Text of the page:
“I explained it: ‘Grapes. Fermentation. And that’s it, that is the wine.’ To which they replied: ‘Ah, but of course, you make natural wine.’ ” 

He shrugs. 

“But I don’t know or make ‘natural wines’, this is just my normal wine. If my wine is natural, then that’s perfect — that’s great. However I never use the term ‘natural wines’ for selling or on the label. For me, the most important thing is that the wine must be high quality. And after that, if it’s also natural, then that’s great. But the first requirement must be that the wine is high quality. Always.”

Alfredo harvests by hand. When the grapes arrive in the cellar, they’re hand-sorted and then it is decided if they will be de-stemmed. The decision whether or not to de-stem, and how long the maceration will be, is always done in collaboration with what the grapes are like in that vintage.

“We only do punch downs, no pump overs. We do battonage and pigeage every day, except for the white and rosé. The rosé is always direct-press (without maceration), and the white always has one week of skin contact.”

The winemaking technique for the reds depends on the cuvée. For example, for El Marciano, there are always stems included, and for Vina Almate it depends on the year; whether or not it has been humid, or particularly dry. The acidity also dictates how a wine is thought about in that particular year.

“I try to always have a mix of varieties in different tanks so that I am always able to make balanced blends. To me, wine is always a reflection of place and so therefore one tank can sometimes have very high acidity, which is due to the area the grapes are from. Sometimes, I have to wait for a tank with less acidity to finish fermenting so that I can create more balance in the finished wine."

Alfredo’s 13 cuvées are well known for their playful depiction of winemaking (and of life). El Marciano, Alfredo’s ‘Martian’ cuvée is one you might have spotted from afar on a shop countertop.

“El Marciano has a wonderful history. The Martian is from the top of the Sierra de Gredos, a mountain with 1,200 meters of altitude. I discovered the area because my doctor had taken over a vineyard there when his father died.” 

He smiles,

“He didn’t know anything about the vineyard, and so he said to me, ‘Alfredo, please come here and help me.’ This was in 2012. I went to visit this magnificent area, and I said to Paco, ‘No problem, this vineyard is for me.’ ”

As luck would have it, Paco’s family owned other vineyards in the area which they also gave to Alfredo that same year—four more vineyards. In the space of just eight years, his production increased 20-fold. 

“Year on year, people say to me: ‘Alfredo, this vineyard is for you!’ because the owners and growers are getting very old.”

We digress, back to the Martian.

“This area is so special; I have had strange experiences — it’s a hot area for extraterrestrial activity and for UFOs. On this label, you have two martians working in my vineyards in the middle of the night. I arrive at the vineyard in the morning, and discover the two martians working there. I say to them: ‘Sorry, what are you doing in my vineyards?’ ”

We laugh, and ask if this happened IRL. Alfredo chuckles.

“No, no. This was my imagination. However, the name is singular – El Marciano or ‘the martian’ – and so a lot of people say to me: ‘Alfredo, you are the martian’. That’s you arriving on Mars.”

The wine is 100% Garnacha; showing the potential of this variety in the region, and highlighting Alfredo’s daring and independent way of thinking.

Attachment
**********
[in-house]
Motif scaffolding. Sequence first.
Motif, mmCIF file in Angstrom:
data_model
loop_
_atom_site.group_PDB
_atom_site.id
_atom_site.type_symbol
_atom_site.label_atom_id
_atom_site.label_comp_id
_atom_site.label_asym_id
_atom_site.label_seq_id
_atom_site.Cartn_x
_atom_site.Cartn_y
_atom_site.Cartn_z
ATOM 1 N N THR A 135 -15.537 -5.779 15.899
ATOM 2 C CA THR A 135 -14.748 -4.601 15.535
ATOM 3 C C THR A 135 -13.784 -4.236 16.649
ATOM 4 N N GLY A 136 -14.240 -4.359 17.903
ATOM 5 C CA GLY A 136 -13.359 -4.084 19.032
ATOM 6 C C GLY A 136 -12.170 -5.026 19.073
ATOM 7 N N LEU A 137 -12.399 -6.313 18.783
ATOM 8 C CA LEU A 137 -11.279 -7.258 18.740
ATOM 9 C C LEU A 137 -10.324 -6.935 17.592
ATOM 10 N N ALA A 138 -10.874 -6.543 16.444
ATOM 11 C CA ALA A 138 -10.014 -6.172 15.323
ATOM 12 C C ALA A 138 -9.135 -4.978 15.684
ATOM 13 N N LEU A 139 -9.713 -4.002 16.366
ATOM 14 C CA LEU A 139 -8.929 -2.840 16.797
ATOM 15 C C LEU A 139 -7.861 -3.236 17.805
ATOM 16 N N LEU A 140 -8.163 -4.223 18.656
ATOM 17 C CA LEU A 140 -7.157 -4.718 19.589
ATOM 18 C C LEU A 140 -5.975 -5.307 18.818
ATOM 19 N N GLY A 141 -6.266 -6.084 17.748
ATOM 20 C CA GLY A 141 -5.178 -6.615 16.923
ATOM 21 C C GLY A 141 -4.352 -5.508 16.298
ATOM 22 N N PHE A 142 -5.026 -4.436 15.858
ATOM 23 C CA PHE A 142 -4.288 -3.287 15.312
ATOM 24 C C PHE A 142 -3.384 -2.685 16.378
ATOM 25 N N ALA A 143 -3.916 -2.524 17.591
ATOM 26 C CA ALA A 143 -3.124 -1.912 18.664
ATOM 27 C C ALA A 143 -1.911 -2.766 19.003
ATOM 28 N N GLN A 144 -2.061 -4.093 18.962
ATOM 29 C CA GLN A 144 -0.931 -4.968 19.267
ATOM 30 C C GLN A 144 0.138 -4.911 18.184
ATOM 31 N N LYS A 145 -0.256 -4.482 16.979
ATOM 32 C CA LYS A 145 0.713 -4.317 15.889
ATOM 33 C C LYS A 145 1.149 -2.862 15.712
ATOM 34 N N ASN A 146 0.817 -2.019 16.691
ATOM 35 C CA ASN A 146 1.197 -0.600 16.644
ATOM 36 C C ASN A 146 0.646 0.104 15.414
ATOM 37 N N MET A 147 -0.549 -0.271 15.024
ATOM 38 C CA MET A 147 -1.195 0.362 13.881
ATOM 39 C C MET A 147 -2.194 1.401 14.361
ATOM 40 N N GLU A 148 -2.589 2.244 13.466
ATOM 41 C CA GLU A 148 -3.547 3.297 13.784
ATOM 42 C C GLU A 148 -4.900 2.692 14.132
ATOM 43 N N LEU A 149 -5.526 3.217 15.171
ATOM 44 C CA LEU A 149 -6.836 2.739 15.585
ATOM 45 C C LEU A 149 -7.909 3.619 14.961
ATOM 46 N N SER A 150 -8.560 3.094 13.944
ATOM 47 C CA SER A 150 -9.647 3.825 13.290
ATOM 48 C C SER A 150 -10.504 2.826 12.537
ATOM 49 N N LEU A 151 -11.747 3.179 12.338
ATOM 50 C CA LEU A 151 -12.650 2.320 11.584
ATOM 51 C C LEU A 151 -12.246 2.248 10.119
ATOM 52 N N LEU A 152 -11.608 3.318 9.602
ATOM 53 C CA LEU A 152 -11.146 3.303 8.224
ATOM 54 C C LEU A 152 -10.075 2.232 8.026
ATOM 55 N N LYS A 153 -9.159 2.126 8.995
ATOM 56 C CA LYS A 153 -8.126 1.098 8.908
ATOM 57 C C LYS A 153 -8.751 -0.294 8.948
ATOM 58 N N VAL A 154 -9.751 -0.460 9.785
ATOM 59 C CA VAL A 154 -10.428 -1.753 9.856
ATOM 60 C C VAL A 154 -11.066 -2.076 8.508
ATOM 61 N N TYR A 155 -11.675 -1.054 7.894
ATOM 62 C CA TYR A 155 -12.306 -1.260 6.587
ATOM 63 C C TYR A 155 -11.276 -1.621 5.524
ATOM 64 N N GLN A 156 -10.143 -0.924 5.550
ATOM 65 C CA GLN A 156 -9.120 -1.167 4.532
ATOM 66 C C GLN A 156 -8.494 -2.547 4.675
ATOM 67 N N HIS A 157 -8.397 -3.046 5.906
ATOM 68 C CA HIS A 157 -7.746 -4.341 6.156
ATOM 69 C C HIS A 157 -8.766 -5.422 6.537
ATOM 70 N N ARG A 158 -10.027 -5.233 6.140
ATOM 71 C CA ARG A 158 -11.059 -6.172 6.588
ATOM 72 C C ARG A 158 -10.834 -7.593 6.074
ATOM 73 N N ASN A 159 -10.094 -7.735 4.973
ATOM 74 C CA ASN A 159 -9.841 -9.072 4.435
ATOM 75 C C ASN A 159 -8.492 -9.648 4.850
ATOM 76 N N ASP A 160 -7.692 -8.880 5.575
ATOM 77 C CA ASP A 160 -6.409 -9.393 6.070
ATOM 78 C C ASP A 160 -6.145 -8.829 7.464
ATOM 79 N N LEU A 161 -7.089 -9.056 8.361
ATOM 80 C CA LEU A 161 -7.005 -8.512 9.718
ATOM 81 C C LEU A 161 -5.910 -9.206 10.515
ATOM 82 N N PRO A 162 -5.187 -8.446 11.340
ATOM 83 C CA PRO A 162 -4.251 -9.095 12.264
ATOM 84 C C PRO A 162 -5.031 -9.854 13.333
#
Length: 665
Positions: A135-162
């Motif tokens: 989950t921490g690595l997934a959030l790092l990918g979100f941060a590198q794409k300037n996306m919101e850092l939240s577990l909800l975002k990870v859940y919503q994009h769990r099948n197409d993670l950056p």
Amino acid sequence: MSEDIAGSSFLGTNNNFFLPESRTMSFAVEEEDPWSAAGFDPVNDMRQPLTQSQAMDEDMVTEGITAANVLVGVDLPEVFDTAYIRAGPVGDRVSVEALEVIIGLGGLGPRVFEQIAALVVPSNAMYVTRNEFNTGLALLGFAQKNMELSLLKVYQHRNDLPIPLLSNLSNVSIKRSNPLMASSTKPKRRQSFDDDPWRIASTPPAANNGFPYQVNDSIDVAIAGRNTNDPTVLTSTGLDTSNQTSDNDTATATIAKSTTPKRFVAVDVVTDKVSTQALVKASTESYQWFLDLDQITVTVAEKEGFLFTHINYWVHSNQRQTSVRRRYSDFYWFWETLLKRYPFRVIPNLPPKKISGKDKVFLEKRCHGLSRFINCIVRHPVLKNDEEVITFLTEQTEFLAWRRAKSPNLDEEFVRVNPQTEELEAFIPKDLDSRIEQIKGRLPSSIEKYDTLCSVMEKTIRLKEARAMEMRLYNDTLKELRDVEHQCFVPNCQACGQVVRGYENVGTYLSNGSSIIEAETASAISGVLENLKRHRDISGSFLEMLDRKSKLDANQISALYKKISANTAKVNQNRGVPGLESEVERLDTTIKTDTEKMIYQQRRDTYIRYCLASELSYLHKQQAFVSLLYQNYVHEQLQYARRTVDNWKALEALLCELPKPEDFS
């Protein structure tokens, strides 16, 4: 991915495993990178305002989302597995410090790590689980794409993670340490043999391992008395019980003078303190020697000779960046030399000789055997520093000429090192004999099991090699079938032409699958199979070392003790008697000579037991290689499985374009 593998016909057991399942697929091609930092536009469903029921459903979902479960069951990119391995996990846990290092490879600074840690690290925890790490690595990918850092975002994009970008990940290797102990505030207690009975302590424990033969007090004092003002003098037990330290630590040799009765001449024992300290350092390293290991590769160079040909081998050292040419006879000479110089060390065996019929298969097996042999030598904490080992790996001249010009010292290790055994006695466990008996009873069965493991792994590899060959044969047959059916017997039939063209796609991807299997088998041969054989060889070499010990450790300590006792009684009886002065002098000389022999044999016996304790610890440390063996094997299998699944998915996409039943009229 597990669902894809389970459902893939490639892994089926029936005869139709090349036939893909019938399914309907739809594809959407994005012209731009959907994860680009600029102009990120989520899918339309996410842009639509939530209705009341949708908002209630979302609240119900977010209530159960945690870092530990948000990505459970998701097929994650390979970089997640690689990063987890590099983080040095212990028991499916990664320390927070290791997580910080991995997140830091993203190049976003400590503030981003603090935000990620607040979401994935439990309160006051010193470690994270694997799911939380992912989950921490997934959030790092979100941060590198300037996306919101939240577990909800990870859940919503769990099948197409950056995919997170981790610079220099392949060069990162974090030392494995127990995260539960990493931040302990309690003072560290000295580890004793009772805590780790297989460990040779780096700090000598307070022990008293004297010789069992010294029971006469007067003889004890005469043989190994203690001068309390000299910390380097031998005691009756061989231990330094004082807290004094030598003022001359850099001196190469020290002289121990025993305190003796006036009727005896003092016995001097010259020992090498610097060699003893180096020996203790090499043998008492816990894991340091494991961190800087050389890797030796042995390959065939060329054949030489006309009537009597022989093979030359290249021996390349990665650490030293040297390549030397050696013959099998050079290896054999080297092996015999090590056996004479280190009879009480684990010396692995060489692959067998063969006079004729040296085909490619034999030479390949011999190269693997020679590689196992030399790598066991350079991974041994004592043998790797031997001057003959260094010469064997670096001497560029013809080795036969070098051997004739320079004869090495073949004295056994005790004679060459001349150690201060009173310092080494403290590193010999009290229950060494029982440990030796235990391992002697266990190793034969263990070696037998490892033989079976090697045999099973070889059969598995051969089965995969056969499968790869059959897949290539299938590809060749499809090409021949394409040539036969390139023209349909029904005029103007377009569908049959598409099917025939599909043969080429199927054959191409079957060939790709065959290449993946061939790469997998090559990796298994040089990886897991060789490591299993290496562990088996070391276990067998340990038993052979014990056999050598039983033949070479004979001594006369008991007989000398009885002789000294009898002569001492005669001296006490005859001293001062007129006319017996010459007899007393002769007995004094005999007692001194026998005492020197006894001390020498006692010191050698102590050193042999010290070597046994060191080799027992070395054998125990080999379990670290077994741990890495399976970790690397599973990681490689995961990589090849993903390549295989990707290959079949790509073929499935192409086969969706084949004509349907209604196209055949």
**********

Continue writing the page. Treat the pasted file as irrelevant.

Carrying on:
“Nowadays, all of the wineries here are changing to use other varieties. The problem with Tempranillo is that they clone it — the ‘new’ Tempranillo is very different to the ‘old’ Tempranillo. The grapes from the old selections are similar in size to my hand, more or less, and the ones from the modern clones are more similar to a 1L bottle of water. They’re so big.”

Thankfully, local wineries are starting to change their views with blends introduced across different varieties. Garnacha, for example, is nowadays permitted at a low percentage. But all wines from the region must have at least 75% of Tempranillo, and then there are the rest — Merlot, Cabernet Sauvignon, Malbec, and Albillo Mayor. 

Lovamor, another of our favourite cuvées from Alfredo, is inspired by a combination of the words ‘love’ and ‘wolf’ — ‘lov’ and ‘lovo’. A single variety wine made with Albillo grapes, the grapes are harvested from vineyards planted over 100 years ago (between 1981 and 1910), and which were planted at different elevations (between 770 and 1000 metres). This means that the soil compositions vary wildly, giving the vineyards a really special character.

And, of course, the label tells a story.

“Lovamor was drawn by an illustrator; my son’s talented friend Michel. It shows little Red Riding Hood and the wolf kissing. I always say to him: ‘Michel, I have an idea… I went to the vineyard, and I discovered two martians working there…’ and he simply sketches it.”

And then there’s the label inspired by Bowie – El Rey del Glam. Not just the label, but the wine also. It’s 100% Garnacha, half harvested from the Sierra de Gredos and half from Peñafiel. It’s a little bit zippy and unexpected; energetic, just like Bowie himself. 

“But Michel is 23 years old,” Alfredo laughs. “And he doesn’t know David Bowie. So I sent him the song and I said ‘Michel, what do you think of this song?’ and he drew this label from his reaction. All of my labels have a little bit of history, or at the very least, a story.”

And it reminds us that it’s not just at the table that wine unites generations. It’s at every step of the process; from harvest, to bottling, to creating a label (and expressly bonding over Bowie’s music). And of course, you have the ‘history’ told through the bottle, which is as much an indication of the generation telling the story as the wine itself.